In a recent interview, O’Brien expressed no regrets and had nothing but praise for her high school coaching. Tom and Marcia Dowling were her day-to-day coaches for eighth grade and her first two years of high school. At that time, Tom took a job in Kansas City and they moved. Joe Scascitelli (who today coaches at Exeter High, which always has some of the state’s top runners) took over as the head coach for the Dover High teams. The Dowlings continued to guide Schiro-O’Brien’s training as private coaches.
“I trusted those people so much,” O’Brien says today. “What they said, worked. It was proven. I had faith. It helps you to be faithful when you see it work. I believed so much in what I was doing.”
Her training and the results were self-reinforcing. “I had a huge appetite for training. I trained like a beast. I had incredible strength and endurance from training that most people weren’t doing.”
“My coaches were brave and courageous in terms of how they approached my career. They took risks. I knew I was doing something special, but I felt protected. I felt very cared for by the coaches,” she says now. She wasn’t pushed too hard. She didn’t over-race. She had the ability, the God-given talent, and she wanted to see how far and how fast she could go.
Part of why she went through that rough period had to do with the difficult choice of whether she should pursue a conventional college running career or go pro right away. In hindsight, it’s easy to diagnose the situation: She made the Olympic team at age 20. Ergo, college running was a waste of her time. But in 1985, sponsorships were even more rare than they are today, especially for women. The safe route was to take the scholarship. There weren’t a lot of alternative case studies for Schiro to consider.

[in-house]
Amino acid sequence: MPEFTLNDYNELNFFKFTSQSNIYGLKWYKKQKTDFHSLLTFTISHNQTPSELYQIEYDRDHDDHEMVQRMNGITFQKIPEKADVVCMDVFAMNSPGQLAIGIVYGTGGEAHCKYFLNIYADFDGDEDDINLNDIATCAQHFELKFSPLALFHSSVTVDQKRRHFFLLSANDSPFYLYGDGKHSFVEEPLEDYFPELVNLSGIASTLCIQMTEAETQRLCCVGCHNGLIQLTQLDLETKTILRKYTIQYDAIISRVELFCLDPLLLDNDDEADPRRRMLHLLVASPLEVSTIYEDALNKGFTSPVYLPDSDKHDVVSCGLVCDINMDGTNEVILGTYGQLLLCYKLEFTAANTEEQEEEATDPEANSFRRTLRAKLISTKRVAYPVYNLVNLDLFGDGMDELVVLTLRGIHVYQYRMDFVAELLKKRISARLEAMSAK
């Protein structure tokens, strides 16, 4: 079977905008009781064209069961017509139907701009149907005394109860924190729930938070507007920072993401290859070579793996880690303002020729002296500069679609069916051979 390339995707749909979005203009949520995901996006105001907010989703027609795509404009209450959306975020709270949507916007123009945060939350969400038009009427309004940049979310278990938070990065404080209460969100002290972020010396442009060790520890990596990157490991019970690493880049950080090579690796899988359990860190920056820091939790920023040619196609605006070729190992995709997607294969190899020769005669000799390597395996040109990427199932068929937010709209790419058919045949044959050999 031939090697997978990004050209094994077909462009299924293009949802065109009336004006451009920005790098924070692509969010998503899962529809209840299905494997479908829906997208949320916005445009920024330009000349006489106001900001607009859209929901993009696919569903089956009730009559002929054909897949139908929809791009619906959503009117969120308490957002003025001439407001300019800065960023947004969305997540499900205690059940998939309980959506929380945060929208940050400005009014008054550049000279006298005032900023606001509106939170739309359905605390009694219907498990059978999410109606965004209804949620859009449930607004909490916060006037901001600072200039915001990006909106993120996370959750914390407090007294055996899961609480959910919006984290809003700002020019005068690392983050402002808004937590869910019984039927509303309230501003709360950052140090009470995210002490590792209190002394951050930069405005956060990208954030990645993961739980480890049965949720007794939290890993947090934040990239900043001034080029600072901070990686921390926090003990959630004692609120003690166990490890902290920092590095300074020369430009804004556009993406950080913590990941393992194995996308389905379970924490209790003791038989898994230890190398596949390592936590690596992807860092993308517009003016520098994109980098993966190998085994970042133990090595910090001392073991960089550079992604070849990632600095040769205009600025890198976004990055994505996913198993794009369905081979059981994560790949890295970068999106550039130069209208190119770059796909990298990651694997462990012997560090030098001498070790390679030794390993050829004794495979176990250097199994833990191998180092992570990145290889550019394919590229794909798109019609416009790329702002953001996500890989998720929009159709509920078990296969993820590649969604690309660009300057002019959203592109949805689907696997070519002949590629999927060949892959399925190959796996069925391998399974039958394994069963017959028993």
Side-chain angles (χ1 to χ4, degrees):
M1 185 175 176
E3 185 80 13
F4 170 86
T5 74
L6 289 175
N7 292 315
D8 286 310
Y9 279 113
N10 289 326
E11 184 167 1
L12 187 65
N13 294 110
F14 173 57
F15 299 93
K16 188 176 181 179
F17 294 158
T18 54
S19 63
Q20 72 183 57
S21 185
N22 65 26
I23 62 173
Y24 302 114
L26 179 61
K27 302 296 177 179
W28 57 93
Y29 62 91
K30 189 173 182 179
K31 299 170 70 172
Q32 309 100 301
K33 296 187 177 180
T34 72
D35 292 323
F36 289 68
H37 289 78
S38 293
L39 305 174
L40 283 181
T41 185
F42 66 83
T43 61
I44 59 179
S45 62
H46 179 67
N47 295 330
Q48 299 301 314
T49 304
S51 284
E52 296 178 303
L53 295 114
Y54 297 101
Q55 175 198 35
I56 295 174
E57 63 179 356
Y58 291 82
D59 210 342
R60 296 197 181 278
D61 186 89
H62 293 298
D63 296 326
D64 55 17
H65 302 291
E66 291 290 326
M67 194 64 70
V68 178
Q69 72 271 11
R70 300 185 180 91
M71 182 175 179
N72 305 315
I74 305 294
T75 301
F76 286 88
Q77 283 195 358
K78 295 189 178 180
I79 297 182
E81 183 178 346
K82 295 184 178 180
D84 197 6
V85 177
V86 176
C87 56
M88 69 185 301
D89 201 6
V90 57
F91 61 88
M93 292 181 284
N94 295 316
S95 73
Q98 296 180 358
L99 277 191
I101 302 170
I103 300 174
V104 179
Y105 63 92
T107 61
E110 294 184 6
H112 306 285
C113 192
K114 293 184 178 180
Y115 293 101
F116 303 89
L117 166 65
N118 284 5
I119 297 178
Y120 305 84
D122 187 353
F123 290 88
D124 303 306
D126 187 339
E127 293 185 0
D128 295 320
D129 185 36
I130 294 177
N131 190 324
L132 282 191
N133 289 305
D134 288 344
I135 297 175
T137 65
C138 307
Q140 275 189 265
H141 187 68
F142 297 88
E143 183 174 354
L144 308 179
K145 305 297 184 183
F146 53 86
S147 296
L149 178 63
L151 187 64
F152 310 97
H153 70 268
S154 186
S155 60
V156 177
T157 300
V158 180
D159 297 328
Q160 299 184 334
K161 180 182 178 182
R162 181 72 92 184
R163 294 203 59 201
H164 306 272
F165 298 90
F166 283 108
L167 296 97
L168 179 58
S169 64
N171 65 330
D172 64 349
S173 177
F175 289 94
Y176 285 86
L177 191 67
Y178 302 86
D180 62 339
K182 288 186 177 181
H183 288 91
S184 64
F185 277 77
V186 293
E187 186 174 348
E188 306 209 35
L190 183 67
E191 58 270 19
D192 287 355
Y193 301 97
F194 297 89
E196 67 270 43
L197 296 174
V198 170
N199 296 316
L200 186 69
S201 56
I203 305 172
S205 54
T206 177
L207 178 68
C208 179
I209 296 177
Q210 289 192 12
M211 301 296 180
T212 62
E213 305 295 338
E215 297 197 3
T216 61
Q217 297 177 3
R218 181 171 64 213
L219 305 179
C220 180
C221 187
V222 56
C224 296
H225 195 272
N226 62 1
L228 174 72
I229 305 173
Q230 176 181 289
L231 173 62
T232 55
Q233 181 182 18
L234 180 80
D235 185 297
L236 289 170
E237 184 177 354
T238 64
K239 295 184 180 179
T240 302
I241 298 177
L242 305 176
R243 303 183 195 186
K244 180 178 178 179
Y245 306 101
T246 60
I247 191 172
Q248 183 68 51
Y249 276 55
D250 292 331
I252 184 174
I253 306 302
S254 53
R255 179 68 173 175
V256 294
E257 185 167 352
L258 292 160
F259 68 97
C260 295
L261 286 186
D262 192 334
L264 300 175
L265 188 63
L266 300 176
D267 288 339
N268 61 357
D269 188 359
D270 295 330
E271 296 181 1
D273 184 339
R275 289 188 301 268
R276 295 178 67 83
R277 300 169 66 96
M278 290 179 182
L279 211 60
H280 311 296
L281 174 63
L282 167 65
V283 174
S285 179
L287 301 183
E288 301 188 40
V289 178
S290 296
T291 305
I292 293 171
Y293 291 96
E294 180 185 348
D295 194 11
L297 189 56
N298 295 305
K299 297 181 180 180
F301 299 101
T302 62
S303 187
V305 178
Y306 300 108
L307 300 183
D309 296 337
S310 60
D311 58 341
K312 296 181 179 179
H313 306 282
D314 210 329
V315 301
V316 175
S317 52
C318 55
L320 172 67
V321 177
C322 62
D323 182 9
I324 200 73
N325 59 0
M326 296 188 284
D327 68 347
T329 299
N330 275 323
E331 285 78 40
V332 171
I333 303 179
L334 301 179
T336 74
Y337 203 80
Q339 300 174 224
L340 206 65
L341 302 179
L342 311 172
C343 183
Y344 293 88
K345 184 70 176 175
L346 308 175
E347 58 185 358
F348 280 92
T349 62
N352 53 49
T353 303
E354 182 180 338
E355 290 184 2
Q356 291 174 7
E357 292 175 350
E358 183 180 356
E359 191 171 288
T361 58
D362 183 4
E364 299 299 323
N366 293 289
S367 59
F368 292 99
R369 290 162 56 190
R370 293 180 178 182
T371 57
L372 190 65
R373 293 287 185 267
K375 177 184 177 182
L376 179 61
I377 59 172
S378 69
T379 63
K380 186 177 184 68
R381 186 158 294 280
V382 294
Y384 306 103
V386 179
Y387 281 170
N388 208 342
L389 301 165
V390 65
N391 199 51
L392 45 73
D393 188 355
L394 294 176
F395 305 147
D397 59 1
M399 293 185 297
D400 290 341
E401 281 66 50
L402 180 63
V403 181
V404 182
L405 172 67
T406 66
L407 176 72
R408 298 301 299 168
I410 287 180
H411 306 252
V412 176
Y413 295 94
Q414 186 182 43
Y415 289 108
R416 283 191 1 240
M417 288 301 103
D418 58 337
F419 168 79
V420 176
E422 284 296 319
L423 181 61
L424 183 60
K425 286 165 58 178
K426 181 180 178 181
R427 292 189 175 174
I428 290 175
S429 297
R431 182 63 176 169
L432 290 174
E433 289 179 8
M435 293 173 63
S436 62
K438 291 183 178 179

Today she looks back and observes that top athletes in any sport have a limited number of years to be at their best. For her, there was an opportunity cost to running in college. Doing so could have cost her the chance to make the Olympic team when she was 20.
Thirty five years after her high school triumphs, Schiro-O’Brien can still be found at high school cross country meets most Saturdays in the fall, including those held on the same hills at Derryfield Park where she used to race. Now, she’s on the sidelines, cheering for her sons. Patrick, a senior at Oyster River, is one of the state’s top distance runners. Andy, an eighth grader, has done well on the middle school team. Patrick runs some of the same loops she used to run when she was his age.
She chipped away at her getting her degree during her years as a professional runner, eventually graduating from UNH when Patrick was one year old. Before running took over, she had been an accomplished violinist who played in youth orchestras. As an adult she picked the violin back up and today instructs at Berwick Academy and gives private lessons. She also plays gigs with a three-woman band called Bliss.
For the most part, she blends in with the other moms cheering their kids at meets. Occasionally she shows flashes of the competitive drive that propelled her to the Olympics, along with the self-discipline to keep it to herself. She lets the kids run, and the coaches coach.
And most days, she goes out for a run.
Fergus Cullen coaches the girls cross country team at Oyster River. He can be reached at Fergus@ferguscullen.com